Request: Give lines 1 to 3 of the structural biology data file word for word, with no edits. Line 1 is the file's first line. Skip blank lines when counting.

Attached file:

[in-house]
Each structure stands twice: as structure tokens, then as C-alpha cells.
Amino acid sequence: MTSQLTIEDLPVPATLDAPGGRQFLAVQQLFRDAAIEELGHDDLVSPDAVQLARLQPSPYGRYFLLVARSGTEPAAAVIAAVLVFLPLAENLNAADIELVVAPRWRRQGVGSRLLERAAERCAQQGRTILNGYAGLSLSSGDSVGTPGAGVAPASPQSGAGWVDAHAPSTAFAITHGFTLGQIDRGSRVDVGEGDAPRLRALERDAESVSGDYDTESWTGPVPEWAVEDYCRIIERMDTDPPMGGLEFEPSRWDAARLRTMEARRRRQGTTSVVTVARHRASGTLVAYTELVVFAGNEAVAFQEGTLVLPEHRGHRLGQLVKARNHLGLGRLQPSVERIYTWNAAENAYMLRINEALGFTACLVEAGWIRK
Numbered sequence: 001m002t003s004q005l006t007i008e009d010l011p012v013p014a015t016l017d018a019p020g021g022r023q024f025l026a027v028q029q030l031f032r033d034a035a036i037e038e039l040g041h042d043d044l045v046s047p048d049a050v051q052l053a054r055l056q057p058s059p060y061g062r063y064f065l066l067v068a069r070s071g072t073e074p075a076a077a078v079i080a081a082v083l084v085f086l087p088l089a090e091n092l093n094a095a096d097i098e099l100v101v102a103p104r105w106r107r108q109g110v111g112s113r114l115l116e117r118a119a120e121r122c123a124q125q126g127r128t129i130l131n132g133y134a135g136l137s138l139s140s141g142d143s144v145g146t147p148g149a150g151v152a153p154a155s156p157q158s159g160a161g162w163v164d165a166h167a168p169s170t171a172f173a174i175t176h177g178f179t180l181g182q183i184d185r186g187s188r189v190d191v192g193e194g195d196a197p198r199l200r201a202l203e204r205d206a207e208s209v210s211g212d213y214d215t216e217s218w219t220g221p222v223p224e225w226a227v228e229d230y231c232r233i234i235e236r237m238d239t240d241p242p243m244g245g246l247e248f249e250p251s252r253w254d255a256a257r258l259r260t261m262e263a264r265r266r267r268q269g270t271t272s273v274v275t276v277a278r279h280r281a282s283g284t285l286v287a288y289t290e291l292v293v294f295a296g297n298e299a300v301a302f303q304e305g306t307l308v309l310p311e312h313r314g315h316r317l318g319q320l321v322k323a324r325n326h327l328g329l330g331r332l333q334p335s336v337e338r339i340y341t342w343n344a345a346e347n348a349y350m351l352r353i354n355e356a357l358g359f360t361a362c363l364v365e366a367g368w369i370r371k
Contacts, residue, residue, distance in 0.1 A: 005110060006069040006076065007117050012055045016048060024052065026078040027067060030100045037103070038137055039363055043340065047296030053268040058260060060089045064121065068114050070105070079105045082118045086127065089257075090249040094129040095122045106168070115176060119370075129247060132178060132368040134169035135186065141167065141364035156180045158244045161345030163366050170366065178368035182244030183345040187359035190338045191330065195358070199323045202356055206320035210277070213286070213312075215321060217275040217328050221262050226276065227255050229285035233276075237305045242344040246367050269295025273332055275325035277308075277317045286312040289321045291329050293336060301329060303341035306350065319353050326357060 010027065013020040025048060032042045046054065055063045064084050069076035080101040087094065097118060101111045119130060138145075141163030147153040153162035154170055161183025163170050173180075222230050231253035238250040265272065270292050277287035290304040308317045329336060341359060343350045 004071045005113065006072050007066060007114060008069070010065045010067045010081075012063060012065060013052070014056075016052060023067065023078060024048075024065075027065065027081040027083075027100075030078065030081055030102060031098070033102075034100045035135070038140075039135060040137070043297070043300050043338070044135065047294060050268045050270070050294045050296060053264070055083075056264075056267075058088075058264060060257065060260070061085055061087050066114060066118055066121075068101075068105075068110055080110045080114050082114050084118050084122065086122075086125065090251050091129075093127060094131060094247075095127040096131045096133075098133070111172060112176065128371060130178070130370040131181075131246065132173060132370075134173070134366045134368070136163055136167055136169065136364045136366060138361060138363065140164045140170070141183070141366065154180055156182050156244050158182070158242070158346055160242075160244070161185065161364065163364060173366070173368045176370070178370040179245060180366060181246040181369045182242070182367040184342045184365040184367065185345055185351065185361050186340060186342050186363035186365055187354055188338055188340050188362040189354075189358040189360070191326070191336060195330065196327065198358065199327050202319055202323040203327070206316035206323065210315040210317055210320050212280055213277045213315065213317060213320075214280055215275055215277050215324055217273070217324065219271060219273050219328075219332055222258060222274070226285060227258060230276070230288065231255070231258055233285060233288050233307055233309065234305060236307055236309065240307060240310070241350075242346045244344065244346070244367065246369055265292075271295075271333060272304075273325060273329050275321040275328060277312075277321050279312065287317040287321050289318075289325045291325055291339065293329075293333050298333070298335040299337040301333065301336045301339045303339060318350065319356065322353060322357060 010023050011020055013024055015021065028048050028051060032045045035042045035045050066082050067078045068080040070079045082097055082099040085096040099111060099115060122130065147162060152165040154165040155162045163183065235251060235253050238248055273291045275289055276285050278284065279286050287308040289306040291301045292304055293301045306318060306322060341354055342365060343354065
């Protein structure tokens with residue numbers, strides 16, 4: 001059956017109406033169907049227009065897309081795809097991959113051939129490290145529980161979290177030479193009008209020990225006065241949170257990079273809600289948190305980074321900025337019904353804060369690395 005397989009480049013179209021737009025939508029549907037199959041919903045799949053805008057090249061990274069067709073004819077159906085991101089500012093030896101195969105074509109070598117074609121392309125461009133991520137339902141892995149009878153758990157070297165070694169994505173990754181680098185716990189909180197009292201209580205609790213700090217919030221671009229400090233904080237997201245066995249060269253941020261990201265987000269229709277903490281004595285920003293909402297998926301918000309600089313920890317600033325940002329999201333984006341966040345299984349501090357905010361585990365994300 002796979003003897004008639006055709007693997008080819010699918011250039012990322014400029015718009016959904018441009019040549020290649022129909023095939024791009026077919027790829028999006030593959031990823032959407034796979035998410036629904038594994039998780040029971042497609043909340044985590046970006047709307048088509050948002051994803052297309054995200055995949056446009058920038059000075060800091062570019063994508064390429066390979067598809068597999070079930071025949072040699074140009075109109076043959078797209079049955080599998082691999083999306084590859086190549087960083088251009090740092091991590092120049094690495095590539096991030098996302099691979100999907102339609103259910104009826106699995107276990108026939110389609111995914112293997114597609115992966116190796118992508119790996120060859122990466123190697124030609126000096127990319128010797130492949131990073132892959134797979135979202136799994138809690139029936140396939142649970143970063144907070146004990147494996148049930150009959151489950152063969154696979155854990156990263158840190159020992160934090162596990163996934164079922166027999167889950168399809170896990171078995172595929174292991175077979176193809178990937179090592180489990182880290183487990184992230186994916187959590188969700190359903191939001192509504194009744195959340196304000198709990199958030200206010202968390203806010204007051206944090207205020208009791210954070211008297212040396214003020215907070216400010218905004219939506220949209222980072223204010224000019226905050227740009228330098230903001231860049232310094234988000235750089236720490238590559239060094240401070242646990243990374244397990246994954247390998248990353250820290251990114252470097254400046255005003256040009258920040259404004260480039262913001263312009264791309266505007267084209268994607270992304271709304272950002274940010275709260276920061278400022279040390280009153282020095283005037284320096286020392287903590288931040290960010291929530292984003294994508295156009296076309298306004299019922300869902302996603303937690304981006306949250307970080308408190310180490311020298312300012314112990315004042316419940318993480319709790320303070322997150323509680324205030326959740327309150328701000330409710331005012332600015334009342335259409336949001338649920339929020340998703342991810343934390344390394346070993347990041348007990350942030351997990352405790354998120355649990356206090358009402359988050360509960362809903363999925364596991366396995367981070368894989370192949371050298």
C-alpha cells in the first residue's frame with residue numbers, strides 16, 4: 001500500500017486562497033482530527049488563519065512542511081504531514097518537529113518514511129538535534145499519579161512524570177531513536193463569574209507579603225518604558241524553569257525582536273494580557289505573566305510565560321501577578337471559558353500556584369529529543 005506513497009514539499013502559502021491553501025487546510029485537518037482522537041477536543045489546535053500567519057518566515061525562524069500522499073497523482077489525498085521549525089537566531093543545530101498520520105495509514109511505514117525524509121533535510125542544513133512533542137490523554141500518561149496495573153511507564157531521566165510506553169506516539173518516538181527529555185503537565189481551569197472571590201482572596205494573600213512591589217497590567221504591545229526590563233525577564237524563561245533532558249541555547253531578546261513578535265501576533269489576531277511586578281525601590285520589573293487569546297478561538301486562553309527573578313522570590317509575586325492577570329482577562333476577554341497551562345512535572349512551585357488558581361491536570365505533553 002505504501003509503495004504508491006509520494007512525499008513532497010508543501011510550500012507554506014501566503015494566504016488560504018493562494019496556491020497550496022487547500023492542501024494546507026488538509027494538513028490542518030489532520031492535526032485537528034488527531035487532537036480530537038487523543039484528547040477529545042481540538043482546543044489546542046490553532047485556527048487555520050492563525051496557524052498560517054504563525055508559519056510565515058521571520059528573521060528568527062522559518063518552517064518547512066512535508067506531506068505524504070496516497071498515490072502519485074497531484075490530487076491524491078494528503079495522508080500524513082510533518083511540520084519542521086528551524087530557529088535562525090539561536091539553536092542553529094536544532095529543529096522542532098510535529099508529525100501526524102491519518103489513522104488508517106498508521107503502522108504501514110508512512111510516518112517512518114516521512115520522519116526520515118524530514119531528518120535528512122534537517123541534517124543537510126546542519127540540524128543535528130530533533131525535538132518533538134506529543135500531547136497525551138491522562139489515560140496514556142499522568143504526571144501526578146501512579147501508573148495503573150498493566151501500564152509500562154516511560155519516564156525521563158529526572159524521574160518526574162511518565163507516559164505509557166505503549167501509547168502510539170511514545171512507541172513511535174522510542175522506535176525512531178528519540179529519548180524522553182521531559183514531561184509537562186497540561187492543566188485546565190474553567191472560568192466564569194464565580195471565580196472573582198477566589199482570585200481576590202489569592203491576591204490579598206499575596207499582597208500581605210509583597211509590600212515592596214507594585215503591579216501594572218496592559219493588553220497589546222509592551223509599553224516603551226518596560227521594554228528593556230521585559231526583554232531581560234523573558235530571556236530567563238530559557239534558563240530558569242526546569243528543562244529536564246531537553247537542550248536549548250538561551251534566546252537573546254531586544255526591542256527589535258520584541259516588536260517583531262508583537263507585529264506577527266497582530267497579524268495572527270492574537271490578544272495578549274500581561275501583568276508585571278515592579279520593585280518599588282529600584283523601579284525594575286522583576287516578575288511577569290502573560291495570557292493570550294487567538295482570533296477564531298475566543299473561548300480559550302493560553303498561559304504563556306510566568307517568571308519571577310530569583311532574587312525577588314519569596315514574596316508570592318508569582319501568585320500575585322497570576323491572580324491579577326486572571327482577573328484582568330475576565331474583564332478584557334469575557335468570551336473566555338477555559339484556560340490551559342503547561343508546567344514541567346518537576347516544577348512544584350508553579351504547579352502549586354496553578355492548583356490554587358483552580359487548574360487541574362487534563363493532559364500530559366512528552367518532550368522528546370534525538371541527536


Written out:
[in-house]
Each structure stands twice: as structure tokens, then as C-alpha cells.
Amino acid sequence: MTSQLTIEDLPVPATLDAPGGRQFLAVQQLFRDAAIEELGHDDLVSPDAVQLARLQPSPYGRYFLLVARSGTEPAAAVIAAVLVFLPLAENLNAADIELVVAPRWRRQGVGSRLLERAAERCAQQGRTILNGYAGLSLSSGDSVGTPGAGVAPASPQSGAGWVDAHAPSTAFAITHGFTLGQIDRGSRVDVGEGDAPRLRALERDAESVSGDYDTESWTGPVPEWAVEDYCRIIERMDTDPPMGGLEFEPSRWDAARLRTMEARRRRQGTTSVVTVARHRASGTLVAYTELVVFAGNEAVAFQEGTLVLPEHRGHRLGQLVKARNHLGLGRLQPSVERIYTWNAAENAYMLRINEALGFTACLVEAGWIRK